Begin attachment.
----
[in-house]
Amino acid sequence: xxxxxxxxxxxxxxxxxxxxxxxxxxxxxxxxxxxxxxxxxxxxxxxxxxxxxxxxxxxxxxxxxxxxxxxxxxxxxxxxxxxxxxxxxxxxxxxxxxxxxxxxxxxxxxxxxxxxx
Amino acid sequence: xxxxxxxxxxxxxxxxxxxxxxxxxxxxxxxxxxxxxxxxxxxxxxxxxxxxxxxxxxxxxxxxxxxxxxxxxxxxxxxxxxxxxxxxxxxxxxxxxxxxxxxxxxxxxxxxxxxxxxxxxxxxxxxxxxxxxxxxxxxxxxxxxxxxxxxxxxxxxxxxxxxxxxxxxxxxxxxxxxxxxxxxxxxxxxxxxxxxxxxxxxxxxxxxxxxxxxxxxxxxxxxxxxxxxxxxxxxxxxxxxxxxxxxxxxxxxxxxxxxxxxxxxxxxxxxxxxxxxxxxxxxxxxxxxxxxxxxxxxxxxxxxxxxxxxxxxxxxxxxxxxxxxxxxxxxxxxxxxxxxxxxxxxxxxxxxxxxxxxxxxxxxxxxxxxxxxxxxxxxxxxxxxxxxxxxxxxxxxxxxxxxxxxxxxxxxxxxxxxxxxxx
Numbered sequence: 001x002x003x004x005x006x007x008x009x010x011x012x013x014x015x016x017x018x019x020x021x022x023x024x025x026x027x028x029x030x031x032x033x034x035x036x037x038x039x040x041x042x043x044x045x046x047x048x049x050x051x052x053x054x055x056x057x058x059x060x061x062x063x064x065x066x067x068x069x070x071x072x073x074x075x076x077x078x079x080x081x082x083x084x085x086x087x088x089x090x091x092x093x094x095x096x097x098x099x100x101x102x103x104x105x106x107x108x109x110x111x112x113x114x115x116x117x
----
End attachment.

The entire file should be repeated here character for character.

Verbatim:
[in-house]
Amino acid sequence: xxxxxxxxxxxxxxxxxxxxxxxxxxxxxxxxxxxxxxxxxxxxxxxxxxxxxxxxxxxxxxxxxxxxxxxxxxxxxxxxxxxxxxxxxxxxxxxxxxxxxxxxxxxxxxxxxxxxx
Amino acid sequence: xxxxxxxxxxxxxxxxxxxxxxxxxxxxxxxxxxxxxxxxxxxxxxxxxxxxxxxxxxxxxxxxxxxxxxxxxxxxxxxxxxxxxxxxxxxxxxxxxxxxxxxxxxxxxxxxxxxxxxxxxxxxxxxxxxxxxxxxxxxxxxxxxxxxxxxxxxxxxxxxxxxxxxxxxxxxxxxxxxxxxxxxxxxxxxxxxxxxxxxxxxxxxxxxxxxxxxxxxxxxxxxxxxxxxxxxxxxxxxxxxxxxxxxxxxxxxxxxxxxxxxxxxxxxxxxxxxxxxxxxxxxxxxxxxxxxxxxxxxxxxxxxxxxxxxxxxxxxxxxxxxxxxxxxxxxxxxxxxxxxxxxxxxxxxxxxxxxxxxxxxxxxxxxxxxxxxxxxxxxxxxxxxxxxxxxxxxxxxxxxxxxxxxxxxxxxxxxxxxxxxxx
Numbered sequence: 001x002x003x004x005x006x007x008x009x010x011x012x013x014x015x016x017x018x019x020x021x022x023x024x025x026x027x028x029x030x031x032x033x034x035x036x037x038x039x040x041x042x043x044x045x046x047x048x049x050x051x052x053x054x055x056x057x058x059x060x061x062x063x064x065x066x067x068x069x070x071x072x073x074x075x076x077x078x079x080x081x082x083x084x085x086x087x088x089x090x091x092x093x094x095x096x097x098x099x100x101x102x103x104x105x106x107x108x109x110x111x112x113x114x115x116x117x